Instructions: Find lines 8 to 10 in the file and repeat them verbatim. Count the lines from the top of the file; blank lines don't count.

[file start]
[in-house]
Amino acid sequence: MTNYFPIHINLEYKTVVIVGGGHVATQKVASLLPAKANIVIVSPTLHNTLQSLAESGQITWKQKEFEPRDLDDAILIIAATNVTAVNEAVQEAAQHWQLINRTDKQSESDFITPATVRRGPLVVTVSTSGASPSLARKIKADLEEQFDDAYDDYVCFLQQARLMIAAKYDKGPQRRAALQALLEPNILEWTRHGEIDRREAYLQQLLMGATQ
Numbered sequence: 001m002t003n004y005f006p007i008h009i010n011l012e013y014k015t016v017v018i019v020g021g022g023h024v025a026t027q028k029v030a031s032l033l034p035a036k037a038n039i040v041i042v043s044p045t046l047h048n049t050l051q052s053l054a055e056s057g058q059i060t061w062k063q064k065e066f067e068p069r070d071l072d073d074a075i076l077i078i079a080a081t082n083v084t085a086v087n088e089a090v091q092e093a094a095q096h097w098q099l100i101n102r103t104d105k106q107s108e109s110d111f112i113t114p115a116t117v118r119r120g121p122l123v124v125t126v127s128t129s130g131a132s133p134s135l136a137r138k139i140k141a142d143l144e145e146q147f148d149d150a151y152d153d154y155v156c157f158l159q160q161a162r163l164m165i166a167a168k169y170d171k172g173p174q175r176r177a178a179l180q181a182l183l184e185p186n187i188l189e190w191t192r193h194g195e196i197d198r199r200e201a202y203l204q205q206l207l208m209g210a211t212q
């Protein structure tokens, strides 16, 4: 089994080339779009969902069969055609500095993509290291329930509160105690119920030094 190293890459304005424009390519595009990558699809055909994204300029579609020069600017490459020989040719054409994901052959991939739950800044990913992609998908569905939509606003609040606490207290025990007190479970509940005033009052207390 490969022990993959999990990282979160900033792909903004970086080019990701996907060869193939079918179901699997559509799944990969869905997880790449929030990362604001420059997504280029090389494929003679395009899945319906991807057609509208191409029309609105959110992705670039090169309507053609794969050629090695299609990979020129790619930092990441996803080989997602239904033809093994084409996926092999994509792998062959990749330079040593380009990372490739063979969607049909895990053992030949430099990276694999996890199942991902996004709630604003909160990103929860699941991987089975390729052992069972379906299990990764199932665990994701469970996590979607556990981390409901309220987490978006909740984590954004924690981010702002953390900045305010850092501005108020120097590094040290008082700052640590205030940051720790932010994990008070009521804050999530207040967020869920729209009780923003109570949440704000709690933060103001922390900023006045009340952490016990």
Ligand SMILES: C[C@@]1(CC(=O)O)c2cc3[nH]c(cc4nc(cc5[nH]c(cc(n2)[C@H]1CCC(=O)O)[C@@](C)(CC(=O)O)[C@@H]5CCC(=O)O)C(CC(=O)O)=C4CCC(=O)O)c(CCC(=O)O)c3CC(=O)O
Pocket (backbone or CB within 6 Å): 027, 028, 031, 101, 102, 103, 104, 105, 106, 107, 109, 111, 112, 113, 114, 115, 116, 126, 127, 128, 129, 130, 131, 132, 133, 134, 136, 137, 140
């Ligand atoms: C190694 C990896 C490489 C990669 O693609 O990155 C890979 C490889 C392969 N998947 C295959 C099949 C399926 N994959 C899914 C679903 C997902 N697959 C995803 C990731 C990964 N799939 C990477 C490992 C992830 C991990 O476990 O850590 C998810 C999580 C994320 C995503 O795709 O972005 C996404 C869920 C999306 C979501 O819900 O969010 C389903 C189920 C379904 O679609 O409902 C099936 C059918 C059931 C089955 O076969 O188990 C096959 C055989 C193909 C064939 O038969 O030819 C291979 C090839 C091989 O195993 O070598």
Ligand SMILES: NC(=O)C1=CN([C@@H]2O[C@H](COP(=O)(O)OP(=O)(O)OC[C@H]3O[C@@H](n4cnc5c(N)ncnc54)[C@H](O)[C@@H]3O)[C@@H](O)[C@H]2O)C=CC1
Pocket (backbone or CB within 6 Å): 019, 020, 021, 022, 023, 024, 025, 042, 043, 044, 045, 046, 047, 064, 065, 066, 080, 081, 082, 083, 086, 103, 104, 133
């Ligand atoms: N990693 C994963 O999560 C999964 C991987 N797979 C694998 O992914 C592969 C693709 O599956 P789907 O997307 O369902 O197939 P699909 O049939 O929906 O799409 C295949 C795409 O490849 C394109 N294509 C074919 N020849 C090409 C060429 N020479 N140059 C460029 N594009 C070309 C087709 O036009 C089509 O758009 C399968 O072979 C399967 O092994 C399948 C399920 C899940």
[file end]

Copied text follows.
Ligand SMILES: NC(=O)C1=CN([C@@H]2O[C@H](COP(=O)(O)OP(=O)(O)OC[C@H]3O[C@@H](n4cnc5c(N)ncnc54)[C@H](O)[C@@H]3O)[C@@H](O)[C@H]2O)C=CC1
Pocket (backbone or CB within 6 Å): 019, 020, 021, 022, 023, 024, 025, 042, 043, 044, 045, 046, 047, 064, 065, 066, 080, 081, 082, 083, 086, 103, 104, 133
């Ligand atoms: N990693 C994963 O999560 C999964 C991987 N797979 C694998 O992914 C592969 C693709 O599956 P789907 O997307 O369902 O197939 P699909 O049939 O929906 O799409 C295949 C795409 O490849 C394109 N294509 C074919 N020849 C090409 C060429 N020479 N140059 C460029 N594009 C070309 C087709 O036009 C089509 O758009 C399968 O072979 C399967 O092994 C399948 C399920 C899940």